Rudy Giuliani is slated to speak at the Republican National Convention this week in support of President Trump's White House reelection bid. Here are some fast facts on the former New York City mayor's career and how he became a surrogate and attorney for the commander in chief.
Giuliani, 76, was born in Brooklyn and is the grandson of Italian immigrants. He attended Manhattan College in the Bronx and then New York University Law School, graduating magna cum laude in 1968.
He later clerked for Judge Lloyd MacMahon, who was the United States District Judge for the Southern District of New York. In 1970, Giuliani joined the office of the U.S. Attorney. At 29, he was named chief of the Narcotics Unit and rose to serve as executive U.S. Attorney.
The New York Republican moved to Washington, D.C., where he was named Associate Deputy Attorney General and chief of staff to the Deputy AG. In the late 70s and early 80s, Giuliani returned to New York to practice law.
In 1981, Giuliani was named Associate Attorney General, the third-highest position in the Justice Department. As Associate Attorney General, Giuliani supervised all of the U.S. Attorney Offices' Federal law enforcement agencies, the Bureau of Corrections, the Drug Enforcement Agency and the U.S. Marshals.
In 1983, Giuliani was appointed U.S. Attorney for the Southern District of New York. In 1989, Giuliani ran for mayor of New York but lost by one of the closest margins in city history. In 1993, he ran again and won, becoming the Big Apple's 107th Mayor. He was reelected again four years later by a large margin, carrying four of the five boroughs of the city.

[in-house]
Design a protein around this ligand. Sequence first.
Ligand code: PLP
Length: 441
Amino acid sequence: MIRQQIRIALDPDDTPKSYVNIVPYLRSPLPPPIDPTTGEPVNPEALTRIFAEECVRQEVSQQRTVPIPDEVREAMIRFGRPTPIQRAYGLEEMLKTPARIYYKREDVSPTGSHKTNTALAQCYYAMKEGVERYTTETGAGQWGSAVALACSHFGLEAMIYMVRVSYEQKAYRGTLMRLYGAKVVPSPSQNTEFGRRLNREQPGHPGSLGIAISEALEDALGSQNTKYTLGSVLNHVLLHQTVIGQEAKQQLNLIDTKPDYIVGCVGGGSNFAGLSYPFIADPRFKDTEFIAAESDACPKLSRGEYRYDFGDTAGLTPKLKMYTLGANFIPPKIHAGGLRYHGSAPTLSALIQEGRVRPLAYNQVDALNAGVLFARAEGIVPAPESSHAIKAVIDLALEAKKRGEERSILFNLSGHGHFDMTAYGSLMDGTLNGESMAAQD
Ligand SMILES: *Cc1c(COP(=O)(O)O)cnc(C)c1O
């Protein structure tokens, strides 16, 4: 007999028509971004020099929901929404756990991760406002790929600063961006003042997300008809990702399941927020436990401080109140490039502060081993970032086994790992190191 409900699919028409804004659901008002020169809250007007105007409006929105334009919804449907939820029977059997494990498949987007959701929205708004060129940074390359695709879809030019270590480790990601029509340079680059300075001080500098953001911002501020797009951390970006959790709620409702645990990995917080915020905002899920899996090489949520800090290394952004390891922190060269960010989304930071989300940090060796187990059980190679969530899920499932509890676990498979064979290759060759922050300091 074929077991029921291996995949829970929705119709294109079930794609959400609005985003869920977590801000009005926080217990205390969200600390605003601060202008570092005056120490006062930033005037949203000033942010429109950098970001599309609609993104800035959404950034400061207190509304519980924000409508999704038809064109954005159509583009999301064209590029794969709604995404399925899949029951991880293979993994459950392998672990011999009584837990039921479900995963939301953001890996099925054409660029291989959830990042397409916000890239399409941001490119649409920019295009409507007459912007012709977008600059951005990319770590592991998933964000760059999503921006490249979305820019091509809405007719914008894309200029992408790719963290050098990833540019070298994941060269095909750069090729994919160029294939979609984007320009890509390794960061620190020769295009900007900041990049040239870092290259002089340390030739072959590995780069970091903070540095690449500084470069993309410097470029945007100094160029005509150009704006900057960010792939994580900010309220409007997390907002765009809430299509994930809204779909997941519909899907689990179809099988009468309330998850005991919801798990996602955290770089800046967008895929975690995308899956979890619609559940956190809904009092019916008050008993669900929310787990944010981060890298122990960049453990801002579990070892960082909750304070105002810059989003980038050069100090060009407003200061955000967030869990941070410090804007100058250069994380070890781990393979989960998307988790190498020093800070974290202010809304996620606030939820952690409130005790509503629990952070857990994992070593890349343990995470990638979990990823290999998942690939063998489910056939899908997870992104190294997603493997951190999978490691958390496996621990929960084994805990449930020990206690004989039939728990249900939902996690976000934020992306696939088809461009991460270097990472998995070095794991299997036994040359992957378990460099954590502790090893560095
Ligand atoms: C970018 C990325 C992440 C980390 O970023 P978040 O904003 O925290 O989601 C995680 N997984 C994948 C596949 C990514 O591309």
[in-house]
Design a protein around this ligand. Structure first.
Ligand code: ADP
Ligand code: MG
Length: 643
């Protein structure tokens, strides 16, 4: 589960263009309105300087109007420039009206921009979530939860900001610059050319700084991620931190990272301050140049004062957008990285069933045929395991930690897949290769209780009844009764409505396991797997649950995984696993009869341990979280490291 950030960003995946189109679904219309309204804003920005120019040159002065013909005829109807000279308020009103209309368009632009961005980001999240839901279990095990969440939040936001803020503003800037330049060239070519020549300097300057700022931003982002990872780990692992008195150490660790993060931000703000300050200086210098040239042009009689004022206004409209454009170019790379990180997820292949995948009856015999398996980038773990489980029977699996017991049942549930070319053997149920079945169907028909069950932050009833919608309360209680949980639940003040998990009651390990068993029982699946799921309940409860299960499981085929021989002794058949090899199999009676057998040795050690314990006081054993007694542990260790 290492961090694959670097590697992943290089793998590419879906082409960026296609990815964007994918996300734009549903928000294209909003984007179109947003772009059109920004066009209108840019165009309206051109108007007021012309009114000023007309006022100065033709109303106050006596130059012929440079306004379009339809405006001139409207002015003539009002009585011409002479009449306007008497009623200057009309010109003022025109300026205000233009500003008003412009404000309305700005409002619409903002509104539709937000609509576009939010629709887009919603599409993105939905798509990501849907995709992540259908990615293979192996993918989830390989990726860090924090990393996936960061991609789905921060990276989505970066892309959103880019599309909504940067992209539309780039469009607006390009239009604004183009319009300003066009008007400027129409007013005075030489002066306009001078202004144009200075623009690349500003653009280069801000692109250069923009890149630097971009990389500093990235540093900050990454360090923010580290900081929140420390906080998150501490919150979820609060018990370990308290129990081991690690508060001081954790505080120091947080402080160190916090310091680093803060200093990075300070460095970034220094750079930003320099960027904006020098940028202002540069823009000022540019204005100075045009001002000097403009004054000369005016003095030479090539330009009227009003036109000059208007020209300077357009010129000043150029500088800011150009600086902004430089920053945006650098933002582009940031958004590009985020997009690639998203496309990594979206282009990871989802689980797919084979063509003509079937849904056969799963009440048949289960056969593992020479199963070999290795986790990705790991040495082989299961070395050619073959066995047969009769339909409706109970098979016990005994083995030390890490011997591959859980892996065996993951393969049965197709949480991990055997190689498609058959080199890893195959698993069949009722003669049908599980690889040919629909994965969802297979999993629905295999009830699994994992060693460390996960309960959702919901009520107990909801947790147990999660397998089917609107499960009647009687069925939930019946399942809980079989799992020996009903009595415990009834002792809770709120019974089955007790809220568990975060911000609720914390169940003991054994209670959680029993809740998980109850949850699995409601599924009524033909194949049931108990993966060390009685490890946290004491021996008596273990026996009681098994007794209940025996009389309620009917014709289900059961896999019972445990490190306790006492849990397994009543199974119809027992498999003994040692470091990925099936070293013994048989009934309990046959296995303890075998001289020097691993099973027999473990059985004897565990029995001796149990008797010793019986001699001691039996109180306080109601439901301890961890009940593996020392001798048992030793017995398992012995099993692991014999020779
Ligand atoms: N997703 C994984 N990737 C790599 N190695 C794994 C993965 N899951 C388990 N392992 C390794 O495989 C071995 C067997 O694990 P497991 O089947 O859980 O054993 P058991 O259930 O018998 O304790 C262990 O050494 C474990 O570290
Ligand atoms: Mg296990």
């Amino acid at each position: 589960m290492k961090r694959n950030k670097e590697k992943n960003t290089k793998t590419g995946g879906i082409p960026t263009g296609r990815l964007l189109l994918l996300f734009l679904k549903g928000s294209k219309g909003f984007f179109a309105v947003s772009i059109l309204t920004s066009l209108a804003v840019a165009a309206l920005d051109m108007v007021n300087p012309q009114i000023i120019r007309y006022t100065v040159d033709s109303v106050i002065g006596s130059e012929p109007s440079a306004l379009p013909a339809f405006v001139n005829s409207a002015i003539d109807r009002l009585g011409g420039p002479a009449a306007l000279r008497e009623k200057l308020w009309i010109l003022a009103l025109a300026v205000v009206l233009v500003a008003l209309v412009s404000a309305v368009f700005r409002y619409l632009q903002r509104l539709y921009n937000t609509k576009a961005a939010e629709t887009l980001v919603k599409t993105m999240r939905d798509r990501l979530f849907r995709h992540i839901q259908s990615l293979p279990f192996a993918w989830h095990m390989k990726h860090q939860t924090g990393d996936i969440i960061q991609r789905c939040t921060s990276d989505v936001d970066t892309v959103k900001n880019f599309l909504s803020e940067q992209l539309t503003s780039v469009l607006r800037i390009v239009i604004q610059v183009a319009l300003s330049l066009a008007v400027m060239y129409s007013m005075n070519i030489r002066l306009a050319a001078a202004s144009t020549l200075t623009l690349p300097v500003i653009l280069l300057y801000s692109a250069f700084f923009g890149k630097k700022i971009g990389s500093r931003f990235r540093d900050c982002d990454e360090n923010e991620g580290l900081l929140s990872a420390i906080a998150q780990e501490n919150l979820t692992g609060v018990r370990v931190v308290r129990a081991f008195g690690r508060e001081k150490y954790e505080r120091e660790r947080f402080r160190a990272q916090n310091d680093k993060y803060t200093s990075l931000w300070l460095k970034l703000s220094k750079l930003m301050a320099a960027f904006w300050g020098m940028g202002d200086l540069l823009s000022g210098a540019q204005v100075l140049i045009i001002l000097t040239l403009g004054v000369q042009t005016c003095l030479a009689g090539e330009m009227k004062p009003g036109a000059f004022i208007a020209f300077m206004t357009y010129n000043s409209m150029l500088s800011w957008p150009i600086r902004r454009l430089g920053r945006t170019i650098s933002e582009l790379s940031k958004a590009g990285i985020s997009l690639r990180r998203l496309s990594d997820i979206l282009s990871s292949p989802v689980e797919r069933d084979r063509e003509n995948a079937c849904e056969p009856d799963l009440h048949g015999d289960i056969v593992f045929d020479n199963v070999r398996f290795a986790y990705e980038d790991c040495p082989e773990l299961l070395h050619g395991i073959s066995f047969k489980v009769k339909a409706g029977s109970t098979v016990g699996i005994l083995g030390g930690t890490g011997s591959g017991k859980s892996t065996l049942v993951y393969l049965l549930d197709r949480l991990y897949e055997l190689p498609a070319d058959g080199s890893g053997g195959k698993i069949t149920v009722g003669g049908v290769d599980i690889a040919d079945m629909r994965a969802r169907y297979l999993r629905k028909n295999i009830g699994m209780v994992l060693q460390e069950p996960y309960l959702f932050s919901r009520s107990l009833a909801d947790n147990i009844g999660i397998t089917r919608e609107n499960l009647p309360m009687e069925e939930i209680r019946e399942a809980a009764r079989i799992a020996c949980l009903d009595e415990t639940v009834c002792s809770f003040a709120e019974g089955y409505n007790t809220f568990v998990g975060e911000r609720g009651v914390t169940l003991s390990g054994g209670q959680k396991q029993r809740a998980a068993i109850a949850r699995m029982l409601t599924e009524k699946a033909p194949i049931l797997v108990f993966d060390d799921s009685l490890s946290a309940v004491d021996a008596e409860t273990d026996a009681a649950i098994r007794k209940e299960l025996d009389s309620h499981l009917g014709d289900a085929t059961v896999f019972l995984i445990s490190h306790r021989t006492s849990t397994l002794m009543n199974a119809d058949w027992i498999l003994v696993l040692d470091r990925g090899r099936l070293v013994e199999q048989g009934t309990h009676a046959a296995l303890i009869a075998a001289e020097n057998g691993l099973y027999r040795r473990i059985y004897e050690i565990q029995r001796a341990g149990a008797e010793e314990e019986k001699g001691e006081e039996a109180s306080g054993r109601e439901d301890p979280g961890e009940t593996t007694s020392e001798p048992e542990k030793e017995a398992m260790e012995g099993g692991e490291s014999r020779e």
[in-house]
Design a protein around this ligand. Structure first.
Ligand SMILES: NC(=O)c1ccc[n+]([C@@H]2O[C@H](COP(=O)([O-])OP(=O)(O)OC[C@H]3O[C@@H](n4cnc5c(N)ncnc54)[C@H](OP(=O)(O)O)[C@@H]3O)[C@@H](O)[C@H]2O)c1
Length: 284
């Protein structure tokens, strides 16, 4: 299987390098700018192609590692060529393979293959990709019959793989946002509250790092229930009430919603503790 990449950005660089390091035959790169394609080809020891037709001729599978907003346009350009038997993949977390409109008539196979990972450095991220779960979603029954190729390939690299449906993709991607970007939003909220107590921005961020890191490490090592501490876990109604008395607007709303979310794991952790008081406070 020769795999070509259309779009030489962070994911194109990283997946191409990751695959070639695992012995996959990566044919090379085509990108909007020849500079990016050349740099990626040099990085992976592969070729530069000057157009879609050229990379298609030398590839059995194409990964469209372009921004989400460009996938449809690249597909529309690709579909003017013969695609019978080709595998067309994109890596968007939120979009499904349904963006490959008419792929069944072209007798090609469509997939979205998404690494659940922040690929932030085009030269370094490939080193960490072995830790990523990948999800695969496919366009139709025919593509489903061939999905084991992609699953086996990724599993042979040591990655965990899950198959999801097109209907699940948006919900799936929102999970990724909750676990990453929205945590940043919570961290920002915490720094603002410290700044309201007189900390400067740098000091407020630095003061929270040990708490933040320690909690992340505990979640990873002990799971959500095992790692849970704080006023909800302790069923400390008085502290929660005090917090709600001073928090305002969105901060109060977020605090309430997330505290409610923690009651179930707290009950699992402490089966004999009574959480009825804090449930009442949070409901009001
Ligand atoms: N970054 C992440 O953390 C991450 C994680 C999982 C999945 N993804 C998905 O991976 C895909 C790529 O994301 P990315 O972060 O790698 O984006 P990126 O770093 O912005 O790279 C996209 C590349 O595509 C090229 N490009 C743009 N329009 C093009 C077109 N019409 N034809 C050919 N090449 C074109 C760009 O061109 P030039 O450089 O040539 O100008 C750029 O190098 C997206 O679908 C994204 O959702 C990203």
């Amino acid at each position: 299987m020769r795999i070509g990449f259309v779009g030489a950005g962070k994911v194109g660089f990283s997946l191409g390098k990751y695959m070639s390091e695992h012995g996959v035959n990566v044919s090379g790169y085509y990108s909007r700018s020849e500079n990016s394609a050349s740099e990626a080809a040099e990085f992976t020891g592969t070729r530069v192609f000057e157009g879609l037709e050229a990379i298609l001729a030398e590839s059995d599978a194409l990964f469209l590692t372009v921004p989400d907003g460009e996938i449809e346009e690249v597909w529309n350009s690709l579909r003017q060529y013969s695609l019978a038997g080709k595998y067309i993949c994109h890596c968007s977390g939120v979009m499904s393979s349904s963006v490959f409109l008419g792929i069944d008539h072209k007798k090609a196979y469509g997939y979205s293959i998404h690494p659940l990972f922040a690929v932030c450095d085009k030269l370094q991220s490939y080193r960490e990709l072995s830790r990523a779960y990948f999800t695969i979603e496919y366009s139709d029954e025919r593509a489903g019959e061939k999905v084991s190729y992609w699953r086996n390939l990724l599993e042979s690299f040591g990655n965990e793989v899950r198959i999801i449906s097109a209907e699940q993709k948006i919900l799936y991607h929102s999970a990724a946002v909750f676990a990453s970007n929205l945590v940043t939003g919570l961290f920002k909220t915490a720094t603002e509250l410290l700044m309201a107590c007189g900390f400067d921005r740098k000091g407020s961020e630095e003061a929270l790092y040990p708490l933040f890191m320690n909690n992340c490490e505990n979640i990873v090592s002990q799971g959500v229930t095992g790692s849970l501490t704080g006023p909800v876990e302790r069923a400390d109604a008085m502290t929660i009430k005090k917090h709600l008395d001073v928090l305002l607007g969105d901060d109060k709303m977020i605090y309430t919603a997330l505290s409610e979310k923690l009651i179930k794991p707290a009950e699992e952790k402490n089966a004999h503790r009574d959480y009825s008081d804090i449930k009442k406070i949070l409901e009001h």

He is perhaps best known for serving as New York City's leader during the 9/11 terrorist attacks that destroyed the World Trade Center area. He coordinated with FDNY and NYPD first responders on scene and made multiple media appearances to give updates on the fallout following September 11.
He was also a staunch ally of Geroge W. Bush during this time period, as new national security measures were being implemented all around the country by the federal government, with special focus on New York City.
Giuliani supported Patriot Act provisions that created the office of Homeland Security, instituted stricter regulations regarding the TSA, and legalized domestic electronic surveillance by the federal government on American citizens. He argued extreme measures were necessary to prevent another large scale terrorist attack.
Following Trump's victory over Hillary Clinton in 2016, Guilinani served as the president's cybersecurity adviser before joining his legal team the following year, amid the Robert Mueller investigation.
He is slated to speak on Thursday night at the GOP convention.